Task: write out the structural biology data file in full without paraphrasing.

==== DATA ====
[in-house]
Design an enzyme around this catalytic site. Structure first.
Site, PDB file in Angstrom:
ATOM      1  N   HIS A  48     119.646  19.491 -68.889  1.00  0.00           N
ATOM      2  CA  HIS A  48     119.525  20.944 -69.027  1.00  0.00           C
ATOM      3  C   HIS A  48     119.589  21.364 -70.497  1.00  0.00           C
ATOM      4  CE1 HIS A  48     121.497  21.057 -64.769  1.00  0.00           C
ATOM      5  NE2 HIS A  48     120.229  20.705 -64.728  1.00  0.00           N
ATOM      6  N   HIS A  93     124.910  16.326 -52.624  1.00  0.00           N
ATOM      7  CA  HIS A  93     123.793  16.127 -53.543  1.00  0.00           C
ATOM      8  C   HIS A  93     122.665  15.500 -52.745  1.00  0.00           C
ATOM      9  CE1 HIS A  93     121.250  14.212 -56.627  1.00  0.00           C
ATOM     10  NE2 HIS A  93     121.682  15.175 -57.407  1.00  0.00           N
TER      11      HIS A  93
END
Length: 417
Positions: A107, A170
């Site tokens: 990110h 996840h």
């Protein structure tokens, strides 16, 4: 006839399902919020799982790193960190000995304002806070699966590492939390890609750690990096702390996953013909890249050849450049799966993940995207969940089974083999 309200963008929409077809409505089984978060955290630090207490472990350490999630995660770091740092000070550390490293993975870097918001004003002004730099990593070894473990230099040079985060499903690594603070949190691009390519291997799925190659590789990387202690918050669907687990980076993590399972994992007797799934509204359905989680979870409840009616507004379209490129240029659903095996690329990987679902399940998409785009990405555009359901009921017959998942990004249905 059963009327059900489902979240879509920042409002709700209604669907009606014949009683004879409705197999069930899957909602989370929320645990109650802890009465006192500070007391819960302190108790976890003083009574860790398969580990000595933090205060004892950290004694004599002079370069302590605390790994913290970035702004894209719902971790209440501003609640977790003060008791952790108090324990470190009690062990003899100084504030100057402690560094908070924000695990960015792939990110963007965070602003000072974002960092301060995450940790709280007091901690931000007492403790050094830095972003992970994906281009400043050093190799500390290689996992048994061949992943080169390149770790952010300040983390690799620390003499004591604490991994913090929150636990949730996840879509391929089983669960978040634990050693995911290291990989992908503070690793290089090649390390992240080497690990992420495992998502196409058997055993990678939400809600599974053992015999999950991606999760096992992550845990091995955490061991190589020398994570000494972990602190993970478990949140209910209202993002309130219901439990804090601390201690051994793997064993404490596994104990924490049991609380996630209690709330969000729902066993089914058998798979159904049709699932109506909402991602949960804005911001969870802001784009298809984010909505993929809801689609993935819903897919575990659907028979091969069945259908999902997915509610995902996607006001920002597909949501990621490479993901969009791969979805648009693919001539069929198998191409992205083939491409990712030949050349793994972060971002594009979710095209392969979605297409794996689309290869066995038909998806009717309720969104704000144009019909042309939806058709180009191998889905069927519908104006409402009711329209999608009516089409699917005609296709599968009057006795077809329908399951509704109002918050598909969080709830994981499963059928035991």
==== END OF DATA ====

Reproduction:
[in-house]
Design an enzyme around this catalytic site. Structure first.
Site, PDB file in Angstrom:
ATOM      1  N   HIS A  48     119.646  19.491 -68.889  1.00  0.00           N
ATOM      2  CA  HIS A  48     119.525  20.944 -69.027  1.00  0.00           C
ATOM      3  C   HIS A  48     119.589  21.364 -70.497  1.00  0.00           C
ATOM      4  CE1 HIS A  48     121.497  21.057 -64.769  1.00  0.00           C
ATOM      5  NE2 HIS A  48     120.229  20.705 -64.728  1.00  0.00           N
ATOM      6  N   HIS A  93     124.910  16.326 -52.624  1.00  0.00           N
ATOM      7  CA  HIS A  93     123.793  16.127 -53.543  1.00  0.00           C
ATOM      8  C   HIS A  93     122.665  15.500 -52.745  1.00  0.00           C
ATOM      9  CE1 HIS A  93     121.250  14.212 -56.627  1.00  0.00           C
ATOM     10  NE2 HIS A  93     121.682  15.175 -57.407  1.00  0.00           N
TER      11      HIS A  93
END
Length: 417
Positions: A107, A170
């Site tokens: 990110h 996840h």
């Protein structure tokens, strides 16, 4: 006839399902919020799982790193960190000995304002806070699966590492939390890609750690990096702390996953013909890249050849450049799966993940995207969940089974083999 309200963008929409077809409505089984978060955290630090207490472990350490999630995660770091740092000070550390490293993975870097918001004003002004730099990593070894473990230099040079985060499903690594603070949190691009390519291997799925190659590789990387202690918050669907687990980076993590399972994992007797799934509204359905989680979870409840009616507004379209490129240029659903095996690329990987679902399940998409785009990405555009359901009921017959998942990004249905 059963009327059900489902979240879509920042409002709700209604669907009606014949009683004879409705197999069930899957909602989370929320645990109650802890009465006192500070007391819960302190108790976890003083009574860790398969580990000595933090205060004892950290004694004599002079370069302590605390790994913290970035702004894209719902971790209440501003609640977790003060008791952790108090324990470190009690062990003899100084504030100057402690560094908070924000695990960015792939990110963007965070602003000072974002960092301060995450940790709280007091901690931000007492403790050094830095972003992970994906281009400043050093190799500390290689996992048994061949992943080169390149770790952010300040983390690799620390003499004591604490991994913090929150636990949730996840879509391929089983669960978040634990050693995911290291990989992908503070690793290089090649390390992240080497690990992420495992998502196409058997055993990678939400809600599974053992015999999950991606999760096992992550845990091995955490061991190589020398994570000494972990602190993970478990949140209910209202993002309130219901439990804090601390201690051994793997064993404490596994104990924490049991609380996630209690709330969000729902066993089914058998798979159904049709699932109506909402991602949960804005911001969870802001784009298809984010909505993929809801689609993935819903897919575990659907028979091969069945259908999902997915509610995902996607006001920002597909949501990621490479993901969009791969979805648009693919001539069929198998191409992205083939491409990712030949050349793994972060971002594009979710095209392969979605297409794996689309290869066995038909998806009717309720969104704000144009019909042309939806058709180009191998889905069927519908104006409402009711329209999608009516089409699917005609296709599968009057006795077809329908399951509704109002918050598909969080709830994981499963059928035991």